The Story of When Soundgarden Broke Big With ‘Badmotorfinger’
Within a six-week period in the latter half of 1991, a holy trinity of landmark grunge albums out of Seattle were released with Pearl Jam’s Ten, Nirvana’s Nevermind and, on Oct. 8, Badmotorfinger from Soundgarden. Of the three, it was hands-down the heaviest, and the band was slotted in seamlessly with the metal genre at the time, had videos getting regular airplay on Headbangers Ball and were handpicked to open for Guns N’ Roses’ North American tour that December.
Badmotorfinger opened fast and frenetic with “Rusty Cage,” one of the three singles from the record. But it was the grinding, drop-D tuned dirge “Outshined” that showcased singer Chris Cornell’s otherworldly caterwaul and helped distinguish themselves from their contemporaries. When the track breaks down, he lets out a series of screams like a modern day Robert Plant; if the Led Zeppelin frontman came from the rain-soaked Pacific Northwest instead of the Black Country.
From that moment on, the album digs down into the listener’s consciousness. The slow, Black Sabbath-like churn of “Slaves and Bulldozers” and “Searching with My Good Eye Closed,” along with the unscrewed swirl of “Jesus Christ Pose” cemented Soundgarden as something dark and sinister musically, more akin to what Alice in Chains were doing than anything else from the rapidly burgeoning Seattle scene. Kurt Cobain and Eddie Vedder could mope about the trappings of fame and shun it all they wanted in media profiles, but these guys sounded like they just wanted to be left alone to do whatever they felt like.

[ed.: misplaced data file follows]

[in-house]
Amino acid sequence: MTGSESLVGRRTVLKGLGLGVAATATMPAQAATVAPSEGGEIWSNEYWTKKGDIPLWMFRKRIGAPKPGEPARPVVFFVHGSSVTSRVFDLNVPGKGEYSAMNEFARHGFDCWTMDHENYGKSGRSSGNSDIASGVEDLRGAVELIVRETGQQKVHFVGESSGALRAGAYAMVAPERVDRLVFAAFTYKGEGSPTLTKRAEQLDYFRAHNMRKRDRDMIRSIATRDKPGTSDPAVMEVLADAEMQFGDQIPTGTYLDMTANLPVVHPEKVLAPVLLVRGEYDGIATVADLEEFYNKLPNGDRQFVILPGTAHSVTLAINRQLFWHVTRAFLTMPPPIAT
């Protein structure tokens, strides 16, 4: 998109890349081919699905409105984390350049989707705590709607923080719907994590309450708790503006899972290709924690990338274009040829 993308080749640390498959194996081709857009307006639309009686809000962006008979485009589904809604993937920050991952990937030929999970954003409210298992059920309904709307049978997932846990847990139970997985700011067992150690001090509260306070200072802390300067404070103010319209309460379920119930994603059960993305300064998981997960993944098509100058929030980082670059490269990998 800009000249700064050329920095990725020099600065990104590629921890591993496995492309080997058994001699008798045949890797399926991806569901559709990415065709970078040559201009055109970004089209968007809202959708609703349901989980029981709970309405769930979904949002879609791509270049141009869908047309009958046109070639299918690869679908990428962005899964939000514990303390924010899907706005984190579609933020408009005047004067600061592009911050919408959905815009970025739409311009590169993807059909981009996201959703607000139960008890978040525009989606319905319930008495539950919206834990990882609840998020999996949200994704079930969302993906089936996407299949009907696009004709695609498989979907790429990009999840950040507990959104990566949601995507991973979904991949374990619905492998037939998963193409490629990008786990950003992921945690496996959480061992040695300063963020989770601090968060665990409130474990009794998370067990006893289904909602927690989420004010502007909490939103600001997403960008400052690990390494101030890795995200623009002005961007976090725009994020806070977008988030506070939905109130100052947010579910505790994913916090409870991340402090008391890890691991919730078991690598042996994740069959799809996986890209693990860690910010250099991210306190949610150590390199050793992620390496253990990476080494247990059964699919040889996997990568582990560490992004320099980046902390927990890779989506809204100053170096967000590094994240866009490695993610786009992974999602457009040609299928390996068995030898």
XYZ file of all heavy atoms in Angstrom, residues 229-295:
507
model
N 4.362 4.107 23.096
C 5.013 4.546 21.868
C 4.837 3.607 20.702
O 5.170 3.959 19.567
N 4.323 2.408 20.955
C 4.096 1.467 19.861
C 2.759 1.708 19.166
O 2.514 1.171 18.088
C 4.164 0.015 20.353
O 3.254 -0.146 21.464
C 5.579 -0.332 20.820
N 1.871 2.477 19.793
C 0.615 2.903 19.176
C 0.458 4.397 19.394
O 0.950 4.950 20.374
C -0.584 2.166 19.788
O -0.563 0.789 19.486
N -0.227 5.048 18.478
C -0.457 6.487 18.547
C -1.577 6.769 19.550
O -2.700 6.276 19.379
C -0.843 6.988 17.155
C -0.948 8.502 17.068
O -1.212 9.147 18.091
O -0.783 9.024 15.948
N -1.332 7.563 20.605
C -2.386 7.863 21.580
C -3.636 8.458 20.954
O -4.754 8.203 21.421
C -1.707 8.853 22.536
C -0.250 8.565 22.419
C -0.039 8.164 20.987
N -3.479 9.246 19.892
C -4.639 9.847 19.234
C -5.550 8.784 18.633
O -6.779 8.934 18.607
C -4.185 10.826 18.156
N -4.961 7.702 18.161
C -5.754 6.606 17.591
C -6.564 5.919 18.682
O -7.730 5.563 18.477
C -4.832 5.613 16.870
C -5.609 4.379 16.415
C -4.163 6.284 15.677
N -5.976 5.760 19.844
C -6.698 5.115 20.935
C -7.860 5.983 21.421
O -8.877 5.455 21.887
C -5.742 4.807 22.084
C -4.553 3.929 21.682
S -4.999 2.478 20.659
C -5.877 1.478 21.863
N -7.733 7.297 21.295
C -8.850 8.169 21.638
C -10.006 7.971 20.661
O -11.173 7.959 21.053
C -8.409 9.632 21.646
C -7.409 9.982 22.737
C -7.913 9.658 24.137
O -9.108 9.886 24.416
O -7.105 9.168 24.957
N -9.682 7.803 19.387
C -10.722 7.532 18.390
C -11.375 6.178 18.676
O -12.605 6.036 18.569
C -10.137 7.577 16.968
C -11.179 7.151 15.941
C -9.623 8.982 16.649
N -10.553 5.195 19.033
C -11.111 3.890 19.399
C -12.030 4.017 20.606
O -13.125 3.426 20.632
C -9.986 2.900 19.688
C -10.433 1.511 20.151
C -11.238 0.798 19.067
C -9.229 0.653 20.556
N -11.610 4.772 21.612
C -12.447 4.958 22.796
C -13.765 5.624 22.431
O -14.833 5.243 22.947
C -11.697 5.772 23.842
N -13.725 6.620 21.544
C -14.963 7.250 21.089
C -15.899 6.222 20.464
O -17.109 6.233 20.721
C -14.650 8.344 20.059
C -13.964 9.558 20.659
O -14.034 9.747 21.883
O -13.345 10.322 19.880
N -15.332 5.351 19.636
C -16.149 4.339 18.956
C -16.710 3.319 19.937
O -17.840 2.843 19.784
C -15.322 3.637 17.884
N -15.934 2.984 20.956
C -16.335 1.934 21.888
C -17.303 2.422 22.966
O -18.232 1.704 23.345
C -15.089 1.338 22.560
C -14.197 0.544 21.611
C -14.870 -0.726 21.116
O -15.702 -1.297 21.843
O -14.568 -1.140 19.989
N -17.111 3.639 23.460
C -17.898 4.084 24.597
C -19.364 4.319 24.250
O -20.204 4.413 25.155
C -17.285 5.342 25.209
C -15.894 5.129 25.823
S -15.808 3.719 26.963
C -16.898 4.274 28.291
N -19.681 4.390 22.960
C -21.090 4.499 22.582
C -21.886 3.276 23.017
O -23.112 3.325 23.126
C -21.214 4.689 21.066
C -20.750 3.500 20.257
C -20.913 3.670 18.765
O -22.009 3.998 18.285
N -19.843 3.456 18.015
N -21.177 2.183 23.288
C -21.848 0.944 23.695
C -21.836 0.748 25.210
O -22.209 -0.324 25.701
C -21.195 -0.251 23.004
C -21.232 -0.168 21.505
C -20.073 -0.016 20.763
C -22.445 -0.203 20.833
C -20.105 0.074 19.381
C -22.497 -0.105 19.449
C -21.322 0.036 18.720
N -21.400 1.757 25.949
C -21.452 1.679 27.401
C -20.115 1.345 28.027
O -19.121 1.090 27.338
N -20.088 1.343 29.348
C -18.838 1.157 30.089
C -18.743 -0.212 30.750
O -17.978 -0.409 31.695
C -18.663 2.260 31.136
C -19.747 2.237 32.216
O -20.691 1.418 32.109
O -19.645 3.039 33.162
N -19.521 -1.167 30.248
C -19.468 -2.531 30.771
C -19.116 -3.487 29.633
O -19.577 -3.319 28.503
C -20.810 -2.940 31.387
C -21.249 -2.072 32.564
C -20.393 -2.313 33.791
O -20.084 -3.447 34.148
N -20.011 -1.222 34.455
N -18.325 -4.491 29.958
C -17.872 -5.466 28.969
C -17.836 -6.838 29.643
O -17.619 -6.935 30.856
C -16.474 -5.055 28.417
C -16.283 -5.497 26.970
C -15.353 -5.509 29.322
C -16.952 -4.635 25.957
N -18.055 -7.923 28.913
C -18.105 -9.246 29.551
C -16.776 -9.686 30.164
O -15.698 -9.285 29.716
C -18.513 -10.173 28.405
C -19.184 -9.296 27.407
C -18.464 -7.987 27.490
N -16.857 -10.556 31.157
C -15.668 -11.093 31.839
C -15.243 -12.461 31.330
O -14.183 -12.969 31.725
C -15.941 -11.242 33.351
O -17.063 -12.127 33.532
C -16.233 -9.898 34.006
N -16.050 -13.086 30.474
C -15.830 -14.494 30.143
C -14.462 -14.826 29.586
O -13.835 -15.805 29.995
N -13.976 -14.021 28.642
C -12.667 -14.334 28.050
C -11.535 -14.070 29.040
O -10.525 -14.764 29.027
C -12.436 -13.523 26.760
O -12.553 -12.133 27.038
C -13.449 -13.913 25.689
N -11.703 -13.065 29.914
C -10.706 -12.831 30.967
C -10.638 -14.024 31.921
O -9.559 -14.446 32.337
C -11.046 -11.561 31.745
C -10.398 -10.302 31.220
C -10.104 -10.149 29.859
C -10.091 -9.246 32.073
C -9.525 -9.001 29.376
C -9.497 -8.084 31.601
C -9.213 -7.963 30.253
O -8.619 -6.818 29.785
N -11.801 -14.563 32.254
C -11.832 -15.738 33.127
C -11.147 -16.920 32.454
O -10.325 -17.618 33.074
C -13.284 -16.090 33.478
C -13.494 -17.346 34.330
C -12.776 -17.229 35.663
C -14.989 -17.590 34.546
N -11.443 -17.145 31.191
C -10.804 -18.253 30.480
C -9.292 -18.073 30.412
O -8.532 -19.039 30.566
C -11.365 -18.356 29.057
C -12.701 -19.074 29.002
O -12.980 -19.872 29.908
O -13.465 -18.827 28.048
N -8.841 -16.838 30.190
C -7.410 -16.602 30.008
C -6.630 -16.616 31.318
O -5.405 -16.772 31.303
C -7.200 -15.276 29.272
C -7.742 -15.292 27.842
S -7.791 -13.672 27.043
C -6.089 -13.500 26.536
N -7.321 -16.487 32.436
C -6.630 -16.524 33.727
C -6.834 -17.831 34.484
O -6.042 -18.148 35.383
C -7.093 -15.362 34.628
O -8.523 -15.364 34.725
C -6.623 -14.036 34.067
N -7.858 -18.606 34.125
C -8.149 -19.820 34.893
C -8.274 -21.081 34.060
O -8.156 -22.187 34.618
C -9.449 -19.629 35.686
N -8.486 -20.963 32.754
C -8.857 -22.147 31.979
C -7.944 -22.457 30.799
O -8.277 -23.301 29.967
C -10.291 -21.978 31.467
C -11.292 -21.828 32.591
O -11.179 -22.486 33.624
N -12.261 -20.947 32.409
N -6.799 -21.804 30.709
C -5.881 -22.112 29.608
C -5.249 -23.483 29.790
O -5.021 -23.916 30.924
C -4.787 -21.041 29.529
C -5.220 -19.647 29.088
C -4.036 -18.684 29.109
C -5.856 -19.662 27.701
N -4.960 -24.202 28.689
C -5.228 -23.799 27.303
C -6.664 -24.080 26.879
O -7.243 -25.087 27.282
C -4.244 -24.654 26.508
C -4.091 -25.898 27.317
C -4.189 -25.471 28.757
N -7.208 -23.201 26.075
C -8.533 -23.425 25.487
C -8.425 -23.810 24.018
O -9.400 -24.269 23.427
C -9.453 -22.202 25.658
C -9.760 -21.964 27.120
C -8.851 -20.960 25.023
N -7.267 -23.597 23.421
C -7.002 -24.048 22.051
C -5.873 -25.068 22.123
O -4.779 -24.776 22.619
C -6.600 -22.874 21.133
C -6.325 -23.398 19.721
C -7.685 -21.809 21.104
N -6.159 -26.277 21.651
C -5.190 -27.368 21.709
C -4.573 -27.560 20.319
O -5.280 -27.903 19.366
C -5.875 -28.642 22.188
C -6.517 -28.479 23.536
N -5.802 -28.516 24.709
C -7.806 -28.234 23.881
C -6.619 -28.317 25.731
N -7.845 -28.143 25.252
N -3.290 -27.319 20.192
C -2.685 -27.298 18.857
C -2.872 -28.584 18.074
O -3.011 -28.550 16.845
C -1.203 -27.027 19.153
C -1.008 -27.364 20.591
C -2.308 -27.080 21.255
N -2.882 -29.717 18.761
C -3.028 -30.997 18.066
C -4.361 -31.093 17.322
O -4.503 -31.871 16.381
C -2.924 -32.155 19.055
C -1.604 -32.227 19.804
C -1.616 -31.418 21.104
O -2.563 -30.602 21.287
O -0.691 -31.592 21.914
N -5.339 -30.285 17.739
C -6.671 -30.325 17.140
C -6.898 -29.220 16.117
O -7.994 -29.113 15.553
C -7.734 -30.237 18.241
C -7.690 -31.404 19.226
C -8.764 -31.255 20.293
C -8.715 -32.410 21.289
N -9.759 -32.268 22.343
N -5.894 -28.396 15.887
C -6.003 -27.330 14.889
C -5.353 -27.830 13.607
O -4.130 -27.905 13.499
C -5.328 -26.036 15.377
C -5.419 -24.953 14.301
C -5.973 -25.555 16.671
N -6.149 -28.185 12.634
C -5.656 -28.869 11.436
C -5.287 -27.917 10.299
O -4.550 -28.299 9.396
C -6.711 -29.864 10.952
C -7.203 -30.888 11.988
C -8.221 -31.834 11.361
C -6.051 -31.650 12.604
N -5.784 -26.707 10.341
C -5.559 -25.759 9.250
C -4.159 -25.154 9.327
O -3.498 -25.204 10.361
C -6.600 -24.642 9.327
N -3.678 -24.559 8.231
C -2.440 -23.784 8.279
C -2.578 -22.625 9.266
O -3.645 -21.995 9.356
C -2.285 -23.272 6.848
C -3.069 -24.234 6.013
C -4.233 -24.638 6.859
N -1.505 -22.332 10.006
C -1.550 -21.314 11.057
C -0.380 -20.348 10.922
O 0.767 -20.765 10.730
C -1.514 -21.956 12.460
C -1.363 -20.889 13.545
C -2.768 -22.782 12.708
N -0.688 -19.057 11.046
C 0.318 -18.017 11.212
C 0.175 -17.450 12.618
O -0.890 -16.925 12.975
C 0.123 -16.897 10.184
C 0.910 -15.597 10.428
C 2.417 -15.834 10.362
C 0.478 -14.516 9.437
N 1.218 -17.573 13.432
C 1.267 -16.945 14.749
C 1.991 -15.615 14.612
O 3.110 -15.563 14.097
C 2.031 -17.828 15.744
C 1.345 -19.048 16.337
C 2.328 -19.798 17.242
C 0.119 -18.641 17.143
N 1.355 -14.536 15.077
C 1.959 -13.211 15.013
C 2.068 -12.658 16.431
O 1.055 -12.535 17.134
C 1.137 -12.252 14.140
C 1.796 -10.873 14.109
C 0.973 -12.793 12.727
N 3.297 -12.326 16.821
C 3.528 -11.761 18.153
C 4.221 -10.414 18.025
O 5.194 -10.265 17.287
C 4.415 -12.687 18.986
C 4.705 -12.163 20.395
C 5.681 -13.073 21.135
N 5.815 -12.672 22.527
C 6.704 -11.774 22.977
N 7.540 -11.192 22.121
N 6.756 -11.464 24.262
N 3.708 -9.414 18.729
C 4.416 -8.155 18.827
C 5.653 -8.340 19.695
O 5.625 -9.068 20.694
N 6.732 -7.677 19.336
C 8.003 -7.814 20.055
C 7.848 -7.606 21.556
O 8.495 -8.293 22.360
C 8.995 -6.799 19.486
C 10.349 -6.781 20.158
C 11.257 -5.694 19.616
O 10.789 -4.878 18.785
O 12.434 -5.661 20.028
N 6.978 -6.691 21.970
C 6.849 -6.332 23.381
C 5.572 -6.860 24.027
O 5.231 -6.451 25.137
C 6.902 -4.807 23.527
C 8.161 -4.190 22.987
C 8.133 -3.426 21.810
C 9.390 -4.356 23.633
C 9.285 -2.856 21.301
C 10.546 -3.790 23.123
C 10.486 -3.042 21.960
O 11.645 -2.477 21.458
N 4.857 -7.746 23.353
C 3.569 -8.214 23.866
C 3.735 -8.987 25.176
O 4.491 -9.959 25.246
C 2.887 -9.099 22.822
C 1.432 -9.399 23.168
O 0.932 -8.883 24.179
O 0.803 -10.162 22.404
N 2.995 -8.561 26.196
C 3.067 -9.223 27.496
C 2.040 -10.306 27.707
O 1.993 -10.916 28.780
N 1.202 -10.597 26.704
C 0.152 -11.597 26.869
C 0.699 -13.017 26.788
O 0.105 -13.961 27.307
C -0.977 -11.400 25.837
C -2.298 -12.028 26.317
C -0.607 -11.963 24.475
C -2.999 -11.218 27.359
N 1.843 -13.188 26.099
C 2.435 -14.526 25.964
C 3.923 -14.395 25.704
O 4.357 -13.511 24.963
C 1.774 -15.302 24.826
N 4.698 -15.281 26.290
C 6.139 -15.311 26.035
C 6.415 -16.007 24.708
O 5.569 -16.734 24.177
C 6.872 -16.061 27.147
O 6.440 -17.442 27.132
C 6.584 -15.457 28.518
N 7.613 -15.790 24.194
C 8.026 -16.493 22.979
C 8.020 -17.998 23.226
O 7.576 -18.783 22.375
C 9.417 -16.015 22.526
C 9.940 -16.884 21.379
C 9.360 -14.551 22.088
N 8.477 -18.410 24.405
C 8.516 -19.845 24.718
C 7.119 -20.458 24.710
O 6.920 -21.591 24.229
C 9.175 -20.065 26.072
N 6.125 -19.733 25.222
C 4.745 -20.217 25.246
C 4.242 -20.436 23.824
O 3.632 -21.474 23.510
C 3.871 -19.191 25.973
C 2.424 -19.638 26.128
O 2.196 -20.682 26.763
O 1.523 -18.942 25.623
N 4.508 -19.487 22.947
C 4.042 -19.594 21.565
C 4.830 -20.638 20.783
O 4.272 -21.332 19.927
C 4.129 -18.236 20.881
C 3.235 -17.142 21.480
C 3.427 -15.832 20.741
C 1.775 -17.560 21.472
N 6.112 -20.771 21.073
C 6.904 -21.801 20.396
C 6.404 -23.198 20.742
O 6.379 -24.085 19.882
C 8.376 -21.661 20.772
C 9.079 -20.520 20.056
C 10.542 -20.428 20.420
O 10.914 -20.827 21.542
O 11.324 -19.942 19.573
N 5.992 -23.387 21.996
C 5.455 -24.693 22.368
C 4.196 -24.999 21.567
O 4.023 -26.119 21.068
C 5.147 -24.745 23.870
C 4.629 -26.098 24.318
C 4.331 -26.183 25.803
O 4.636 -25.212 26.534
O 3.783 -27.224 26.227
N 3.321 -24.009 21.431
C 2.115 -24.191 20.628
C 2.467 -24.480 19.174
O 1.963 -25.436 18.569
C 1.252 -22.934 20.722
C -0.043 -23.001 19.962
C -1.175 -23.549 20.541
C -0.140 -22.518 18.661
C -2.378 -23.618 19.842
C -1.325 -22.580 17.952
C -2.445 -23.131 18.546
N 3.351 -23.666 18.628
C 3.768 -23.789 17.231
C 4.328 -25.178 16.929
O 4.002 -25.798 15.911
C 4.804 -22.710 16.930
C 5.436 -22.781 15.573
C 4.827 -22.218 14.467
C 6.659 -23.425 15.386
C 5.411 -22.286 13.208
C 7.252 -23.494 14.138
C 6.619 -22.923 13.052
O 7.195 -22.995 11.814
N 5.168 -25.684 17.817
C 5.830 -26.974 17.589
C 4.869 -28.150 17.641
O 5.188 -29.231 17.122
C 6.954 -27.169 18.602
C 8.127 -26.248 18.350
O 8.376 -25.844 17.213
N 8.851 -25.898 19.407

It made for some interesting song structures and explorations; “Room a Thousand Years Wide” is another brutal, plodding track led by Kim Thayil’s siren-like guitar, but ends with a saxophone solo, an instrument sprinkled throughout “Drawing Flies” and “Face Pollution,” which utilizes a trumpet, too. The only other mainstream rock outfit incorporating brass on any level was the quickly forgotten White Trash who gained a bit of attention with the song “Apple Pie” that same year.
Soundgarden broke through to the mainstream with Badmotorfinger. It was their third full-length and second on A&M Records which made them veterans among the others in the changing musical landscape. That may have made them slightly more suited to deal with the onslaught of fame and popularity which had an adverse effect on a few notables harvested from the same crop.
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